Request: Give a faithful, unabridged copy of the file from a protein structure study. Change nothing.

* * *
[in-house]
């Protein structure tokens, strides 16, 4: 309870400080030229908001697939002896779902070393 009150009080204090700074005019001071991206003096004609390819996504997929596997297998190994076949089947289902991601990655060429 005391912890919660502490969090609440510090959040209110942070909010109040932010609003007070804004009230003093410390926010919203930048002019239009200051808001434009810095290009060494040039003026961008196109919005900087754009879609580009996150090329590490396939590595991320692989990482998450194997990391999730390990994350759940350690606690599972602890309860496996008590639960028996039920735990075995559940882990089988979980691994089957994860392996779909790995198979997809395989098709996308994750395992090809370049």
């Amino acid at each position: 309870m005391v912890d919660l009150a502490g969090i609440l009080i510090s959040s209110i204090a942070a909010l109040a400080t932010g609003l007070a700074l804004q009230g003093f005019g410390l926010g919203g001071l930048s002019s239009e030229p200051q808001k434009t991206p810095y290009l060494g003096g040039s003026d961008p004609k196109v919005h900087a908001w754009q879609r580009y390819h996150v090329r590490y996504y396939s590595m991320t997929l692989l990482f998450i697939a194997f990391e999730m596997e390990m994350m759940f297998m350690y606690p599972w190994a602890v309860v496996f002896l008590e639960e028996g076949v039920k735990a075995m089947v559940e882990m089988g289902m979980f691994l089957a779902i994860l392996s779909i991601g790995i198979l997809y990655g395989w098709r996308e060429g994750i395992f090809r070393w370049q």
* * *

[in-house]
């Protein structure tokens, strides 16, 4: 309870400080030229908001697939002896779902070393 009150009080204090700074005019001071991206003096004609390819996504997929596997297998190994076949089947289902991601990655060429 005391912890919660502490969090609440510090959040209110942070909010109040932010609003007070804004009230003093410390926010919203930048002019239009200051808001434009810095290009060494040039003026961008196109919005900087754009879609580009996150090329590490396939590595991320692989990482998450194997990391999730390990994350759940350690606690599972602890309860496996008590639960028996039920735990075995559940882990089988979980691994089957994860392996779909790995198979997809395989098709996308994750395992090809370049």
């Amino acid at each position: 309870m005391v912890d919660l009150a502490g969090i609440l009080i510090s959040s209110i204090a942070a909010l109040a400080t932010g609003l007070a700074l804004q009230g003093f005019g410390l926010g919203g001071l930048s002019s239009e030229p200051q808001k434009t991206p810095y290009l060494g003096g040039s003026d961008p004609k196109v919005h900087a908001w754009q879609r580009y390819h996150v090329r590490y996504y396939s590595m991320t997929l692989l990482f998450i697939a194997f990391e999730m596997e390990m994350m759940f297998m350690y606690p599972w190994a602890v309860v496996f002896l008590e639960e028996g076949v039920k735990a075995m089947v559940e882990m089988g289902m979980f691994l089957a779902i994860l392996s779909i991601g790995i198979l997809y990655g395989w098709r996308e060429g994750i395992f090809r070393w370049q």